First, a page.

Despite the fact that it produces a state that likely defies the laws of physics, the zombie-like plague in Kingdom obeys some fairly scientific rules based on its vector, the worms that lay their eggs on the resurrection plant: the worms and their victims flee from water and heat, which are lethal to them, and primary infectees do not spread the disease, whereas people who have consumed the flesh of primary infectees do. However, each of these seemingly obvious facts has a rather glaring exception:
Being submerged in water does not cause the worms to die or even leave the flesh and become visible in the case of the soup in the first season, which kickstarted the events of the first two seasons.
Similarly, despite being exposed to temperatures well in excess of what they would tolerate in the wild, boiling the soup did not kill the worms. If anything, as implied by the brief flashback to the soup when Seo-Bi gives her voiceover about the pandemic near the end of the second season, it in fact accelerated their growth.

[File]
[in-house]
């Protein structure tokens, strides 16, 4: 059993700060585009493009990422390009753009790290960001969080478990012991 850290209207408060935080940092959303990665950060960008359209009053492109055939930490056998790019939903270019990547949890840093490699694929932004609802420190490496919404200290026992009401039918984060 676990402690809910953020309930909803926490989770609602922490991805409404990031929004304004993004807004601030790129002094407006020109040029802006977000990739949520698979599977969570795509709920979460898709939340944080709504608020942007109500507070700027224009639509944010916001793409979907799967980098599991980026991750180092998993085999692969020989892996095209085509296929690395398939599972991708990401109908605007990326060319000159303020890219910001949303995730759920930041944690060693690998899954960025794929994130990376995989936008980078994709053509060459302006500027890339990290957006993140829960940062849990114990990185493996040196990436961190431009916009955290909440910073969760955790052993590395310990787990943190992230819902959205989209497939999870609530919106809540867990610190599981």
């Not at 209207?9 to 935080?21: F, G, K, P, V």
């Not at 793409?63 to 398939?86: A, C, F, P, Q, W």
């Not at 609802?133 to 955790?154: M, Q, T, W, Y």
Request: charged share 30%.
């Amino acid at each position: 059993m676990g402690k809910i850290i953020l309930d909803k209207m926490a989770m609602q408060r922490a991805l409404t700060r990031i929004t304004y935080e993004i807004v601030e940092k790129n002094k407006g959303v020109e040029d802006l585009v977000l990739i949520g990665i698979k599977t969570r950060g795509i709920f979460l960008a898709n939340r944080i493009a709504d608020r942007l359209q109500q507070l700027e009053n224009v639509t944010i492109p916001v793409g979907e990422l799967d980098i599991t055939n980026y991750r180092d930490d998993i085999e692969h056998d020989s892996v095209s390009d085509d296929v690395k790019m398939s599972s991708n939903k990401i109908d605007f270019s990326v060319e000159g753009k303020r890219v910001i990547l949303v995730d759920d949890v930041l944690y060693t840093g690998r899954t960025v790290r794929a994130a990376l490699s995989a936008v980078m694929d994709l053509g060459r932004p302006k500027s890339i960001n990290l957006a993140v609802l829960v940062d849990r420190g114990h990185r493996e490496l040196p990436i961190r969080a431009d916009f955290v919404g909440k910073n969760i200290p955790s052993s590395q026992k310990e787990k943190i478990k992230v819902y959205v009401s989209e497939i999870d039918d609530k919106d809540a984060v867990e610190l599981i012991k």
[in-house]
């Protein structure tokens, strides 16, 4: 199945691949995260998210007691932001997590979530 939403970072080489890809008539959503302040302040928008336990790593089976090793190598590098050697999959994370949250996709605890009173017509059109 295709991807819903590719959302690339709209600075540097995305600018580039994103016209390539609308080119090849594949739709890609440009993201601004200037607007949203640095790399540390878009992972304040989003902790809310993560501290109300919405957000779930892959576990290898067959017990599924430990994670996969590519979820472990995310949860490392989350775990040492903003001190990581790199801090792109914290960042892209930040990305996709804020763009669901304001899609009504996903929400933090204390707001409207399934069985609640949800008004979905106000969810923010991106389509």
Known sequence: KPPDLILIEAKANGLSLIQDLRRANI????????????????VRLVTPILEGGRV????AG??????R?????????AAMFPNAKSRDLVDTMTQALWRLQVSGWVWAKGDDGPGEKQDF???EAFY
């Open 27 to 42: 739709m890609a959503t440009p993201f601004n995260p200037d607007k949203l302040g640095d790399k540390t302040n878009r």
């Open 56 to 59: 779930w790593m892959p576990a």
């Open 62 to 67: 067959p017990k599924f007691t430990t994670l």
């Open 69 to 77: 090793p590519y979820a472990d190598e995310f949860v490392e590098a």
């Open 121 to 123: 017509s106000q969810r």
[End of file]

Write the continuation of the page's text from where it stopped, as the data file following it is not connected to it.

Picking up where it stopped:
It is odd enough that a bite from a primary infectee does not produce another zombie, since it is evidently transmitting the same worms, as we see several times. However, furthermore, when a tiger ate an infected deer in Ashin of the North, the tiger itself became infected, but the humans (and presumably other animals) that it bit did not. Since the very fact of the tiger's initial infection shows that the worms can cross species barriers, this seems odd.
Given the reasonably logical nature of the plague, and the fact that Seo-Bi implicitly seems bothered by some of these same inconsistencies, it seems likely that there is a bit more to the nature of the resurrection plant than what is made explicit. So then, how exactly does the disease transmitted by the resurrection plant work?